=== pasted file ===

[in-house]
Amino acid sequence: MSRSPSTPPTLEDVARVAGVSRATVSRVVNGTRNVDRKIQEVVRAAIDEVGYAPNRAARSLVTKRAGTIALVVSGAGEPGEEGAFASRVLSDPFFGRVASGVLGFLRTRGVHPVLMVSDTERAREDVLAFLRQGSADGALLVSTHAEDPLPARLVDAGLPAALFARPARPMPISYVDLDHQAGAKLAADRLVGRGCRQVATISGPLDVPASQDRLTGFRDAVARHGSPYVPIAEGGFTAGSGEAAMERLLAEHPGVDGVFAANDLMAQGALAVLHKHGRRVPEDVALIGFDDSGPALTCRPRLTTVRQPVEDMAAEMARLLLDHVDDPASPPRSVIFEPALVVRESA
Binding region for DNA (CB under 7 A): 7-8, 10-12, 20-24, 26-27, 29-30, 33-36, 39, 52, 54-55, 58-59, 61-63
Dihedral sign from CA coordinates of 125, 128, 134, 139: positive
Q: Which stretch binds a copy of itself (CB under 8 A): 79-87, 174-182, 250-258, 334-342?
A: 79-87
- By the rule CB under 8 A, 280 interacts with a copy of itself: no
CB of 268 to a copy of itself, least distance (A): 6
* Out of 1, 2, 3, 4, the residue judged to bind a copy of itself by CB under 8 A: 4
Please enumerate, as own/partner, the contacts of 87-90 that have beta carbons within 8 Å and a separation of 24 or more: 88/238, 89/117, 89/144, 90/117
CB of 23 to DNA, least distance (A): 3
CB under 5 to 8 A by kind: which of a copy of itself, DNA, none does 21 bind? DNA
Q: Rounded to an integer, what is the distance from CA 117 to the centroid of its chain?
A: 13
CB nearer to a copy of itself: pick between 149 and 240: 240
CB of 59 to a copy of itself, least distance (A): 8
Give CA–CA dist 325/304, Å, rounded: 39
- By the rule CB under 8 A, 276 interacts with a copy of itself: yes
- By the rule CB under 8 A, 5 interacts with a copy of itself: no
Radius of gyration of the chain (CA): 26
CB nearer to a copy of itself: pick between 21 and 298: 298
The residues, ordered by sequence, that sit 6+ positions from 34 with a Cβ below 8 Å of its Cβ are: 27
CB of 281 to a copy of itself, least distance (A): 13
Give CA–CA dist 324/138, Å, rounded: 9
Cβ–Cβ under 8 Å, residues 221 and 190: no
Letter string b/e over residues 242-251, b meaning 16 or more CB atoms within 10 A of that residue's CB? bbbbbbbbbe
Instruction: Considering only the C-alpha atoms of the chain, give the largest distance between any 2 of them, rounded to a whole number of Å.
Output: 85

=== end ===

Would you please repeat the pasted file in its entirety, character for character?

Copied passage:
[in-house]
Amino acid sequence: MSRSPSTPPTLEDVARVAGVSRATVSRVVNGTRNVDRKIQEVVRAAIDEVGYAPNRAARSLVTKRAGTIALVVSGAGEPGEEGAFASRVLSDPFFGRVASGVLGFLRTRGVHPVLMVSDTERAREDVLAFLRQGSADGALLVSTHAEDPLPARLVDAGLPAALFARPARPMPISYVDLDHQAGAKLAADRLVGRGCRQVATISGPLDVPASQDRLTGFRDAVARHGSPYVPIAEGGFTAGSGEAAMERLLAEHPGVDGVFAANDLMAQGALAVLHKHGRRVPEDVALIGFDDSGPALTCRPRLTTVRQPVEDMAAEMARLLLDHVDDPASPPRSVIFEPALVVRESA
Binding region for DNA (CB under 7 A): 7-8, 10-12, 20-24, 26-27, 29-30, 33-36, 39, 52, 54-55, 58-59, 61-63
Dihedral sign from CA coordinates of 125, 128, 134, 139: positive
Q: Which stretch binds a copy of itself (CB under 8 A): 79-87, 174-182, 250-258, 334-342?
A: 79-87
- By the rule CB under 8 A, 280 interacts with a copy of itself: no
CB of 268 to a copy of itself, least distance (A): 6
* Out of 1, 2, 3, 4, the residue judged to bind a copy of itself by CB under 8 A: 4
Please enumerate, as own/partner, the contacts of 87-90 that have beta carbons within 8 Å and a separation of 24 or more: 88/238, 89/117, 89/144, 90/117
CB of 23 to DNA, least distance (A): 3
CB under 5 to 8 A by kind: which of a copy of itself, DNA, none does 21 bind? DNA
Q: Rounded to an integer, what is the distance from CA 117 to the centroid of its chain?
A: 13
CB nearer to a copy of itself: pick between 149 and 240: 240
CB of 59 to a copy of itself, least distance (A): 8
Give CA–CA dist 325/304, Å, rounded: 39
- By the rule CB under 8 A, 276 interacts with a copy of itself: yes
- By the rule CB under 8 A, 5 interacts with a copy of itself: no
Radius of gyration of the chain (CA): 26
CB nearer to a copy of itself: pick between 21 and 298: 298
The residues, ordered by sequence, that sit 6+ positions from 34 with a Cβ below 8 Å of its Cβ are: 27
CB of 281 to a copy of itself, least distance (A): 13
Give CA–CA dist 324/138, Å, rounded: 9
Cβ–Cβ under 8 Å, residues 221 and 190: no
Letter string b/e over residues 242-251, b meaning 16 or more CB atoms within 10 A of that residue's CB? bbbbbbbbbe
Instruction: Considering only the C-alpha atoms of the chain, give the largest distance between any 2 of them, rounded to a whole number of Å.
Output: 85